Uruguay at a Glance
Living in Uruguay
Uruguay has been making international headlines a lot in the past months and years, and built quite the reputation for being one of the most liberal and progressive countries in the world. Two recent pieces of legislation are mainly responsible for this development: the legalization of same-sex marriage in August 2013, and the legalization of marijuana for personal consumption in December of the same year. This, combined with Uruguay’s excellent track record in terms of inclusion, tolerance, and social development, prompted The Economist to name Uruguay “country of the year 2013” – an award the nation is rightfully proud of.
On Top of the Continent
However, no matter your personal stance on the two above, admittedly fairly controversial, topics, there are many more qualities Uruguay has to offer prospective expatriates. The country, particularly its capital and biggest city Montevideo, has outperformed all other South American expat magnets in the Mercer quality of life rankings for years. This is far from the only favorable poll result Uruguay can boast – others include high rankings for prosperity, safety, and press freedom. Fans of numbers and statistics will definitely appreciate this handy pdf overview of Uruguay’s claims to fame, prepared by the Embassy of the US in Montevideo.
All this, of course, serves to paint the picture of living in Uruguay as being one of the best options for expats interested in experiencing life abroad in South America. Keeping the country’s impressive economic performance in mind (see our guide on working in Uruguay for a more detailed look into the topic), many readers might agree emphatically.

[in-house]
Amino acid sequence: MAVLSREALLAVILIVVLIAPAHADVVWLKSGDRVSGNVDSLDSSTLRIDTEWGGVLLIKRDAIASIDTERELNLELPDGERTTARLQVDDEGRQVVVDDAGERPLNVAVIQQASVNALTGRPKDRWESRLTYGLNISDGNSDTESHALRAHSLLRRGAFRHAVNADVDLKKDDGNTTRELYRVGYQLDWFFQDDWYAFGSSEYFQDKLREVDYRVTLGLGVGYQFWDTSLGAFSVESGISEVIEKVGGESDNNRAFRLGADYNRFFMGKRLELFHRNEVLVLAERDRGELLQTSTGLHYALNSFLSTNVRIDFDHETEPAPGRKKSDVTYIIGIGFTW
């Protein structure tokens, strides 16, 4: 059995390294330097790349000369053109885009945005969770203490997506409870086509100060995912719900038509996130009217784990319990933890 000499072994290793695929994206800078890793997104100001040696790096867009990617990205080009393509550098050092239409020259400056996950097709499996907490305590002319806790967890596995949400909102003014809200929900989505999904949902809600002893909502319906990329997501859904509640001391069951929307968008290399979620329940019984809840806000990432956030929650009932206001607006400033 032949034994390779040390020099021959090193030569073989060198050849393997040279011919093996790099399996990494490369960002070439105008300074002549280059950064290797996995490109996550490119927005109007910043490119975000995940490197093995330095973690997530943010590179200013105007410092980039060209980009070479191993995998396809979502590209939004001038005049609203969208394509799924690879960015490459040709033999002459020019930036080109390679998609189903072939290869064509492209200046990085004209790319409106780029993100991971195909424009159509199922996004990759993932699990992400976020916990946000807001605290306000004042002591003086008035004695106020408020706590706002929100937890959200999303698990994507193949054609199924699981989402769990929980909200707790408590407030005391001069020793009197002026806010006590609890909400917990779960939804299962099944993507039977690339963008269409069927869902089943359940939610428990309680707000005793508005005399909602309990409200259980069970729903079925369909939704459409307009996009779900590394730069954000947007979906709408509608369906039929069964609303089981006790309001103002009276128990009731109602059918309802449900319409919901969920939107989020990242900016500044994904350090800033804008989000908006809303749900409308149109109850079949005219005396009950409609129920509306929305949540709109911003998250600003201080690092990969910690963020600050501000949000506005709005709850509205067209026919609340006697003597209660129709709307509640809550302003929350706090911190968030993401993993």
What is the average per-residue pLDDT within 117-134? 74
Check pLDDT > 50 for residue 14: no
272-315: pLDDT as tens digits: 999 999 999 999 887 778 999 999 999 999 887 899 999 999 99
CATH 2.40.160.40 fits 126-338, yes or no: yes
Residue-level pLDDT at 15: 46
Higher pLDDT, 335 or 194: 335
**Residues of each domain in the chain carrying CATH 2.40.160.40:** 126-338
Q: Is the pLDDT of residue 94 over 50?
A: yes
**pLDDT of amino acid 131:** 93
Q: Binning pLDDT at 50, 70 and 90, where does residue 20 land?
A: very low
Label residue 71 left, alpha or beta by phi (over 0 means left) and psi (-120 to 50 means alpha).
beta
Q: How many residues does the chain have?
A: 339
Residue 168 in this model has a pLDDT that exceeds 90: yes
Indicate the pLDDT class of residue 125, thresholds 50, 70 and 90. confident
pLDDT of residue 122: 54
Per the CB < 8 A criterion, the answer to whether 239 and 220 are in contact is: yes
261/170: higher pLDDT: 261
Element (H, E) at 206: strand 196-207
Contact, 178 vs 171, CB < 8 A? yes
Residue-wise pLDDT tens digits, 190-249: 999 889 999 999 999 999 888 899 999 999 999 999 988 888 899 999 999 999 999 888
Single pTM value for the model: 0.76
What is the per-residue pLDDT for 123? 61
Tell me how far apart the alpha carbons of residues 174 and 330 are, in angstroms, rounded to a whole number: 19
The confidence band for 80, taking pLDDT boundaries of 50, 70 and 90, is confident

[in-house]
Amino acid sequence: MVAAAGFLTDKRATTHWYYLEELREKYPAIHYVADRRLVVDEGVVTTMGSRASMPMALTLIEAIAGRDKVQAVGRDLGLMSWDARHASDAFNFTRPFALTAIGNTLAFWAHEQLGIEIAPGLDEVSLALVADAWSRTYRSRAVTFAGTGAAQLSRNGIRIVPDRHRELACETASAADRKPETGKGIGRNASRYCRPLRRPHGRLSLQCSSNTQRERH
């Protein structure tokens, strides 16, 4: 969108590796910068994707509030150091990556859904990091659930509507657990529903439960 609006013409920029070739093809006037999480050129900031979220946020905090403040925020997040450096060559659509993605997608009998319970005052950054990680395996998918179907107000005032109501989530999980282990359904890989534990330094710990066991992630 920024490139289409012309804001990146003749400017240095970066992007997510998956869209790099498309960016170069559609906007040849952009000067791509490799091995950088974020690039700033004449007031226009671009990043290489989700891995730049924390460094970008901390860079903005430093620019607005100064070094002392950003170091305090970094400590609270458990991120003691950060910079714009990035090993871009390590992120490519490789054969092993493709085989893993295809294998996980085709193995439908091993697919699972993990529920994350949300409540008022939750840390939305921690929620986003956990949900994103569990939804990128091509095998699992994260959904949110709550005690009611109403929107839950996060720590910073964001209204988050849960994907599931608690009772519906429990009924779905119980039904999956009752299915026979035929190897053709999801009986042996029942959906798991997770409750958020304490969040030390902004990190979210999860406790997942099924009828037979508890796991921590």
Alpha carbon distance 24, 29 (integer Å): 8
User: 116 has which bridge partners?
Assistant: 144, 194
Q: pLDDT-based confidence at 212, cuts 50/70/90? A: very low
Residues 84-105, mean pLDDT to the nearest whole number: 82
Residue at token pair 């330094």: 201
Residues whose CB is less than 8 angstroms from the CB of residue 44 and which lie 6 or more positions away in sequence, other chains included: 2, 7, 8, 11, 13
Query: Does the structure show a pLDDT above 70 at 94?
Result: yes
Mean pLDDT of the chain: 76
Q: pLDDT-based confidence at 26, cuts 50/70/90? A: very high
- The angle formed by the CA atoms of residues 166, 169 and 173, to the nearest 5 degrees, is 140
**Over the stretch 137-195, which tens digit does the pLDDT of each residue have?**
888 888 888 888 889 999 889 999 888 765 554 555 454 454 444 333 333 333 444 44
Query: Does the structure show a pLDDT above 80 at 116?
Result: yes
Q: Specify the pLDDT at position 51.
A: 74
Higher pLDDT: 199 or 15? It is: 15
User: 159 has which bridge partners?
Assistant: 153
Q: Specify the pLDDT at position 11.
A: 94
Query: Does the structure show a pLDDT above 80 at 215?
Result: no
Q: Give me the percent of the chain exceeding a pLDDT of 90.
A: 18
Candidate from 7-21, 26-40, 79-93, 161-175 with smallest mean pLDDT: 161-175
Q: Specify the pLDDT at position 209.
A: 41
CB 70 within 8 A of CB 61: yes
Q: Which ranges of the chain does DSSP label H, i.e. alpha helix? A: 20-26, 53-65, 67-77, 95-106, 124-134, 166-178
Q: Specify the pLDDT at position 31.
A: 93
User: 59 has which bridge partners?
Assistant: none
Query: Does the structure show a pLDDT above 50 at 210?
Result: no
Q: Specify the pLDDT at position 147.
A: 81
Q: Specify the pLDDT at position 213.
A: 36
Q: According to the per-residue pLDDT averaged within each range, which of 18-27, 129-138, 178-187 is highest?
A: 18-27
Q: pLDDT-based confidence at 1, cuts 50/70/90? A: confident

Uruguay is a fairly small country, both in terms of surface area and population. The total of 3.3 million people living in Uruguay (July 2014 estimate) would probably snugly fit into a single borough of some of the megacities in South Asia. Accordingly, Uruguay’s population density is in the bottom fifth on the global list.
Due to the popularity the country has had with immigrants from Europe, particularly Spain and Italy, since its independence in 1828 (and of course before, in its colonial past), the overwhelming majority of people living in Uruguay are of European heritage, with some 5% being of African descent, and another very small percentage being native Amerindian. Throughout the country, there are so-called colonias made up almost exclusively of people from certain countries or regions. Two of the more well-known examples are Swiss and Russian colonies.
While some 80% of the population has some sort of religious affiliation, primarily Christian, Uruguay is a strictly secular country. This is probably most easily visible in the names of some public holidays (of which there are 13 in total, with mandatory paid leave on five of them). Christmas Day on December 25 is known as Dia de la Familia – Family Day – and the Christian Holy Week before Easter is called Semana de Turismo, or Tourism Week.
The official language used throughout Uruguay is Spanish, with Portunol, a mixture of Spanish and Portuguese, used as a lingua franca along the border to Brazil. In contrast to a number of other South American nations, Amerindian languages are practically nonexistent. While English is fairly widely spoken and understood in business circles, you might not have the easiest of times trying to go through life in Uruguay without even a number of basic phrases. If possible, try to acquire some knowledge of Spanish before your relocation.